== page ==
Hydrozoning is grouping plants into an area on the same irrigation line where they can receive equal amounts of water.  For example, in the photo below, you could have a drought tolerant garden in zone 1, a water-wise garden in zone 2, and a vegetable garden in zone 3.

hydrozones by M. Rosenblum


  1. Reduce Your Lawn and Water Less

If you don’t have dogs, picnics, or children playing on it, consider removing some or all of your lawn. Aside from saving water, you’ll save time, energy, and resources as you won’t be mowing, feeding, and watering it.

Replace the lawn with low water plants. Just remember, they will need to be watered regularly until established, which can take at least 2 years for most plants, and 3-4 for trees. Your water savings won’t come right away, but you’ll have a lot less maintenance.

Did you know? It is not necessary to water established lawns and landscapes every day.

Start saving water now by cutting back on often and how long you irrigate. Lawn is shallow rooted, so water only needs to penetrate the top few inches of soil. Reduce the number of times you water and/or water for less time and wait. Two days later, walk across your lawn. If it springs back easily, it doesn’t need more water.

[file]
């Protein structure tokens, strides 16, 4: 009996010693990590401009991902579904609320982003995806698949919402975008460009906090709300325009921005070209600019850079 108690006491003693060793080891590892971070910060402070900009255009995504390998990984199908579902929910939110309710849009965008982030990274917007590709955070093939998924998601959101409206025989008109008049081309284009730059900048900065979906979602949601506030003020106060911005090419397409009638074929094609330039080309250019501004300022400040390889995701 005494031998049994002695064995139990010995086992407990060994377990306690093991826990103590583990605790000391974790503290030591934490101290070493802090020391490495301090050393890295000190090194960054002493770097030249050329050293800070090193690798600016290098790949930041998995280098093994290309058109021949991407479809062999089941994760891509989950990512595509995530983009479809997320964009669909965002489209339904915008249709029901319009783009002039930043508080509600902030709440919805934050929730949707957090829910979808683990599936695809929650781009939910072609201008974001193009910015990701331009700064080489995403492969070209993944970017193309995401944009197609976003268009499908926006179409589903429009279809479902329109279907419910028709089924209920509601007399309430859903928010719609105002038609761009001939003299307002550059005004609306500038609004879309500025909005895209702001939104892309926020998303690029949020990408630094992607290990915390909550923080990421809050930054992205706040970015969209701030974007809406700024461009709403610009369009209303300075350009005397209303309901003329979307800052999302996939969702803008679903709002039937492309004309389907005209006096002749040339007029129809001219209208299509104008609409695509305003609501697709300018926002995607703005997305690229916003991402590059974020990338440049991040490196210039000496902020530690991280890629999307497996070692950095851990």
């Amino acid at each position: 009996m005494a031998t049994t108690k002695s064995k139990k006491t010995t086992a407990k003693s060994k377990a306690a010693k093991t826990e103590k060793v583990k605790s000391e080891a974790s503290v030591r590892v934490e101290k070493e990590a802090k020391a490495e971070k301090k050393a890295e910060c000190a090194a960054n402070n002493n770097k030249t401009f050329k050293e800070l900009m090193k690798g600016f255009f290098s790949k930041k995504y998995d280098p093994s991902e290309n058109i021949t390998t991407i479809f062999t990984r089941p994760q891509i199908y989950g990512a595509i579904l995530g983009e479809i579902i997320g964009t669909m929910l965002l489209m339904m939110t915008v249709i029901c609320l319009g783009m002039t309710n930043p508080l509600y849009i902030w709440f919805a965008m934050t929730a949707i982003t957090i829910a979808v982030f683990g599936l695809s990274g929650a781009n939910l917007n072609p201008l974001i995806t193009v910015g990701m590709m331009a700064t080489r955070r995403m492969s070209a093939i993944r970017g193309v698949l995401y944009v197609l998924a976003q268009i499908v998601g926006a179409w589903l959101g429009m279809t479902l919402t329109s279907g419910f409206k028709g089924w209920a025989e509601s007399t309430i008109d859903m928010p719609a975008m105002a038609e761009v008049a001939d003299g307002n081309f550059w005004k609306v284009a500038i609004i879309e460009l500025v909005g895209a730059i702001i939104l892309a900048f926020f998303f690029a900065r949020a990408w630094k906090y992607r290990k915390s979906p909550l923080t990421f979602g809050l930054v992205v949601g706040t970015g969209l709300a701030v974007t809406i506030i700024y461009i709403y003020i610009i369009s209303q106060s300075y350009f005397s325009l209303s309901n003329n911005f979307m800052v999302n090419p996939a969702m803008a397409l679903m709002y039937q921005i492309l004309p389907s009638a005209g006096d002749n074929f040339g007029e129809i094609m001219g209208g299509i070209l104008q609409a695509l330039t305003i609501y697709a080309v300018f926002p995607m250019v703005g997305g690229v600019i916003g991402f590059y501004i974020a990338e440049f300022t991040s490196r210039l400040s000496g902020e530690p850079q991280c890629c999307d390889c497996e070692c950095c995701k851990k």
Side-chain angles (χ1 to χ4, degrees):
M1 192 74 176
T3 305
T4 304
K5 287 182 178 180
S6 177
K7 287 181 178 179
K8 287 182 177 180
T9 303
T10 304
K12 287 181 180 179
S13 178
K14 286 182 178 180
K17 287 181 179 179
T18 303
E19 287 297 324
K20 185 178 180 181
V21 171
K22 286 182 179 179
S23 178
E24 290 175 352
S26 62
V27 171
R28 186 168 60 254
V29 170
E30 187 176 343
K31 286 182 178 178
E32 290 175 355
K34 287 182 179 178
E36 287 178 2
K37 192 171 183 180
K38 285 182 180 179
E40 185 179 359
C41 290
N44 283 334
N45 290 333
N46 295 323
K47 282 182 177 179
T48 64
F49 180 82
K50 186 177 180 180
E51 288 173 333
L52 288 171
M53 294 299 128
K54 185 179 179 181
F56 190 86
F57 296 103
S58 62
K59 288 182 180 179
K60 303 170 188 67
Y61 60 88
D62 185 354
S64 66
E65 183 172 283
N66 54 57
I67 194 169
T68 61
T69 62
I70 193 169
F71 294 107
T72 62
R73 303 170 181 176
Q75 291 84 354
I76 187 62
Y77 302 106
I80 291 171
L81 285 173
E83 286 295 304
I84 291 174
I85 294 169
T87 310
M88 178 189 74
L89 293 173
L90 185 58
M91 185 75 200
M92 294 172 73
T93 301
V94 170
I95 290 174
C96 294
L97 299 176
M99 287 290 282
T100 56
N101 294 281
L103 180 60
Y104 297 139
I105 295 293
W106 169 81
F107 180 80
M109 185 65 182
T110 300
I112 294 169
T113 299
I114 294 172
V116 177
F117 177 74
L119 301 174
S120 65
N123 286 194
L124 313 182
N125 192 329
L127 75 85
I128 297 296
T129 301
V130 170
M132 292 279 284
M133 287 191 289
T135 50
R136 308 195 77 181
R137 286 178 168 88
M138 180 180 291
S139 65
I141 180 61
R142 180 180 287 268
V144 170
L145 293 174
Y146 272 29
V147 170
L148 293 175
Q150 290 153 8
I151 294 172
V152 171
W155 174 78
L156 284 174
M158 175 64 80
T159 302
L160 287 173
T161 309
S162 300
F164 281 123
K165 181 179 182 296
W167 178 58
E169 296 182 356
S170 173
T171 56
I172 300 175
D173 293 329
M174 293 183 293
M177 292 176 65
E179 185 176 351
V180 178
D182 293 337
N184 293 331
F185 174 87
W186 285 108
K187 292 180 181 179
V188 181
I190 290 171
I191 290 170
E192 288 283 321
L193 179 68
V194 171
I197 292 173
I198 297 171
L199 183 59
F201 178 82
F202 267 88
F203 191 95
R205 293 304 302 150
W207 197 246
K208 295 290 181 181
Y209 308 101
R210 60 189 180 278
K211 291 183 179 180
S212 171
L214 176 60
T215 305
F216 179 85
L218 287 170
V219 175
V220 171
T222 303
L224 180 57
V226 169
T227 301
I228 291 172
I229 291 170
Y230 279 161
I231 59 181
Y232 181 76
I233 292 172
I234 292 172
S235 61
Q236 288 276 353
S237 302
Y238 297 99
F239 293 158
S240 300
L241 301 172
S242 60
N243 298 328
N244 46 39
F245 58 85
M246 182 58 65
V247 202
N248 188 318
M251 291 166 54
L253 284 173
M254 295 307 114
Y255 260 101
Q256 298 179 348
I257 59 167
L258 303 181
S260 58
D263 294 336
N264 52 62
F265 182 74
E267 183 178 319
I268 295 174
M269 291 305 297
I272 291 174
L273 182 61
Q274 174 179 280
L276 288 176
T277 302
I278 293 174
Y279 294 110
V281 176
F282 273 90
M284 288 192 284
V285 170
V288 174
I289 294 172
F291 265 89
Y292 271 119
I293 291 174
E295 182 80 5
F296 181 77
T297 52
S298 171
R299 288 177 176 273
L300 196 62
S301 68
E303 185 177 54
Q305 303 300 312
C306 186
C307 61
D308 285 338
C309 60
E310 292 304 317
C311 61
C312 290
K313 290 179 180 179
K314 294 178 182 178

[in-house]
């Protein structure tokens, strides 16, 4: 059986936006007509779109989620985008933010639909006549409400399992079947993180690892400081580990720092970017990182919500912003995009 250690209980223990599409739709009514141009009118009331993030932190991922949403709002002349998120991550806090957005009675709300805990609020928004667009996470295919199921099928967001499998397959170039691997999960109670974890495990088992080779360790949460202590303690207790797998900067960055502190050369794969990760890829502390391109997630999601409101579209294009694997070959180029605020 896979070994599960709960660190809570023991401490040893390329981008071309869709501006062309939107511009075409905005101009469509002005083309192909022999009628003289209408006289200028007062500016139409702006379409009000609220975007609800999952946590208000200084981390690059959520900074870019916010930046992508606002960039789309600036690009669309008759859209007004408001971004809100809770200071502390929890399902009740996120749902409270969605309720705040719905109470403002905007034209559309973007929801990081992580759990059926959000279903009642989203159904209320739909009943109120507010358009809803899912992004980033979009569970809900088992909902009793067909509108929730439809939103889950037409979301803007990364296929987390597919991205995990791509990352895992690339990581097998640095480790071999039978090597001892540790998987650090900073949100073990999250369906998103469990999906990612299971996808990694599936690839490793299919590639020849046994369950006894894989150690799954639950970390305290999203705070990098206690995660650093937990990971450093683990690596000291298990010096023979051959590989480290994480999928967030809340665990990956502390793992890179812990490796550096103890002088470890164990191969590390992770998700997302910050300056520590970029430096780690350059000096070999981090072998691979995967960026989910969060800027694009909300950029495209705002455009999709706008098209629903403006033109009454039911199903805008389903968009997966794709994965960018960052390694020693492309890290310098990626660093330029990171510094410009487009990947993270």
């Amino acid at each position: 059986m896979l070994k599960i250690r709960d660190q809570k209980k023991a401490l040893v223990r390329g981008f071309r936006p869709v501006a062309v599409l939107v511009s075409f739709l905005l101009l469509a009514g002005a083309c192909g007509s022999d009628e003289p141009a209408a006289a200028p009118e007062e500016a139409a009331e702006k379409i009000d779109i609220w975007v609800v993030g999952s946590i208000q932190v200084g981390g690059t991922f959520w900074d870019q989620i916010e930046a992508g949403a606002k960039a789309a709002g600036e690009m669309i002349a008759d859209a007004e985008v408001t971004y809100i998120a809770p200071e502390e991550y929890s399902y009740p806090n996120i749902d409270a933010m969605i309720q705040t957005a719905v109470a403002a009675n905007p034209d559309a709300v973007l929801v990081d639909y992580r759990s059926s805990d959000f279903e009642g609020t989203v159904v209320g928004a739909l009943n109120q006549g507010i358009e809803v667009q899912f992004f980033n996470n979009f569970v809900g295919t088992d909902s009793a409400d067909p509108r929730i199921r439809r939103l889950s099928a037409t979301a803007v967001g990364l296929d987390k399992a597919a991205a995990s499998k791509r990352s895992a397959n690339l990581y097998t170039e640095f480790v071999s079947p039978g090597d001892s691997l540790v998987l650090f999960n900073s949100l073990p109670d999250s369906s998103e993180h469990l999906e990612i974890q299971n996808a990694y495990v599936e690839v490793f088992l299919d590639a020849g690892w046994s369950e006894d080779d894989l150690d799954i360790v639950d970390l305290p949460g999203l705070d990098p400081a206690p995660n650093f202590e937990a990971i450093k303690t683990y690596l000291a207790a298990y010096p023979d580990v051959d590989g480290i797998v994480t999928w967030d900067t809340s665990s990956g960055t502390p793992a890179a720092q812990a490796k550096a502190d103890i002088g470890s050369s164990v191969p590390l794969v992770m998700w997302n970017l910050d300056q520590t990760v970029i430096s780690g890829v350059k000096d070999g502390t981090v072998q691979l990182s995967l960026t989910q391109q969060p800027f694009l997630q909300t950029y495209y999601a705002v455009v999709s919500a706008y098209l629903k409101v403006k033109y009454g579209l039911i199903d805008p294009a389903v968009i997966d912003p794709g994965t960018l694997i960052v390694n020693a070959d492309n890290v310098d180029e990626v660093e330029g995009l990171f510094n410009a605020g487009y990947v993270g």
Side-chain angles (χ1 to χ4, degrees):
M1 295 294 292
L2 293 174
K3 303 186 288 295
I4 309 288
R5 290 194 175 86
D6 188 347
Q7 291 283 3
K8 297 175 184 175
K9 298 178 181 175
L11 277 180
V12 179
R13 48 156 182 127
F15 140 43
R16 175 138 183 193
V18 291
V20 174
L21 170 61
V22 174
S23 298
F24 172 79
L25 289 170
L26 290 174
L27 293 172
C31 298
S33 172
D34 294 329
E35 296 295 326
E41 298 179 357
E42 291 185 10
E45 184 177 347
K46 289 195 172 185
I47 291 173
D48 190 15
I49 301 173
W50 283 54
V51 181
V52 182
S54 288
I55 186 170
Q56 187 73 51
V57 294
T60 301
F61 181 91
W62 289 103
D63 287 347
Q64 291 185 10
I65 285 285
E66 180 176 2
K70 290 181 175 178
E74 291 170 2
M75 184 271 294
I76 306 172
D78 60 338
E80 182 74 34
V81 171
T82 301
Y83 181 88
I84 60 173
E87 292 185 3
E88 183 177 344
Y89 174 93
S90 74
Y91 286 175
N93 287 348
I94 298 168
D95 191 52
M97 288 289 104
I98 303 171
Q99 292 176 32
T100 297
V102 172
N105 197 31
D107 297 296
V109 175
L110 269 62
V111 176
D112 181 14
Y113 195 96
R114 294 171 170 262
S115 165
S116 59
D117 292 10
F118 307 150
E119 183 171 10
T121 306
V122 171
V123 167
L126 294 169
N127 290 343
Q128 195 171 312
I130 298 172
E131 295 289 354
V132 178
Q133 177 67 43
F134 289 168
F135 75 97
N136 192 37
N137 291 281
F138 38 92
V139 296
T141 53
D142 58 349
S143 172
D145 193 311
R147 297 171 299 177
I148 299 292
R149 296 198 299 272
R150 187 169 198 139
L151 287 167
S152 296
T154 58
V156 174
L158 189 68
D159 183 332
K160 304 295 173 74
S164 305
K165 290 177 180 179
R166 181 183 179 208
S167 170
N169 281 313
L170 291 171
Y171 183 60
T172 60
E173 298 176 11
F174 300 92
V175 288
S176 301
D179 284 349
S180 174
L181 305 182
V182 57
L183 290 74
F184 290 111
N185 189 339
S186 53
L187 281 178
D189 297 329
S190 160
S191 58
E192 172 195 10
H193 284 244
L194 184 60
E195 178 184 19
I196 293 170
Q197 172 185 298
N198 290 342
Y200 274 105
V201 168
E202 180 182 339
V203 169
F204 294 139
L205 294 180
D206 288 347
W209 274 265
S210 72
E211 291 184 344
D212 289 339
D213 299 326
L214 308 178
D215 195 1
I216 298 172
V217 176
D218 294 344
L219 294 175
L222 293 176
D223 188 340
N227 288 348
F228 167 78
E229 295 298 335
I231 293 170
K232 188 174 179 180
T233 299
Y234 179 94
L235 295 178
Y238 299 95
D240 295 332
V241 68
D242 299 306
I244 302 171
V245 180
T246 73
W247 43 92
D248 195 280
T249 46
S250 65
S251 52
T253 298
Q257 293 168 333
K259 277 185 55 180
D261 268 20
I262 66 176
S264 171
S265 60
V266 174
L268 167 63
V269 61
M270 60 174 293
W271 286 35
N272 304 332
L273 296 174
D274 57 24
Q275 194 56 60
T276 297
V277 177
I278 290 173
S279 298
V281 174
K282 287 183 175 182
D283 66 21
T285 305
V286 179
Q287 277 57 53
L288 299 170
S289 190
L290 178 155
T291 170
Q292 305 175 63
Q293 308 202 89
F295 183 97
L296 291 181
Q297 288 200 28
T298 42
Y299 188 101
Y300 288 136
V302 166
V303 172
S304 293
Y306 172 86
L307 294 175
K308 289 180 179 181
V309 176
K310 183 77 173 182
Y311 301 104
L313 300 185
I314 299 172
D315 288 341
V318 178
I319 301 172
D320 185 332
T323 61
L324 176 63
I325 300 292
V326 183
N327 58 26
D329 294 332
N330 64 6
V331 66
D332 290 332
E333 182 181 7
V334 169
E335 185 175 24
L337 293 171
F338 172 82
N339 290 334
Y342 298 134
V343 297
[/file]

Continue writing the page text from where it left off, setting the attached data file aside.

The best time to water lawn is after 9 p.m. and before 6 a.m. This helps reduce evaporation and avoid windy conditions that cause water to drift.

  1. Grasscycle

 Grasscycling is essentially leaving your lawn clippings behind. This reduces wastes going into landfills and helps return nitrogen to your soil. Just make sure you mow on a regular basis, cutting only 1/3 of the height each time, and never mow when wet.

  1. Right Plant, Right Place

Sometimes we plant something we absolutely love and watch in disbelief as it grows too big, too wide, too tall, and/or generally looks unhealthy. If you are tired of spending time maintaining unhappy plants, we have some tips for you. Instead of guessing whether a plant will work out or not, choose from a tested list of low water and low maintenance plants.

Arboretum All-Stars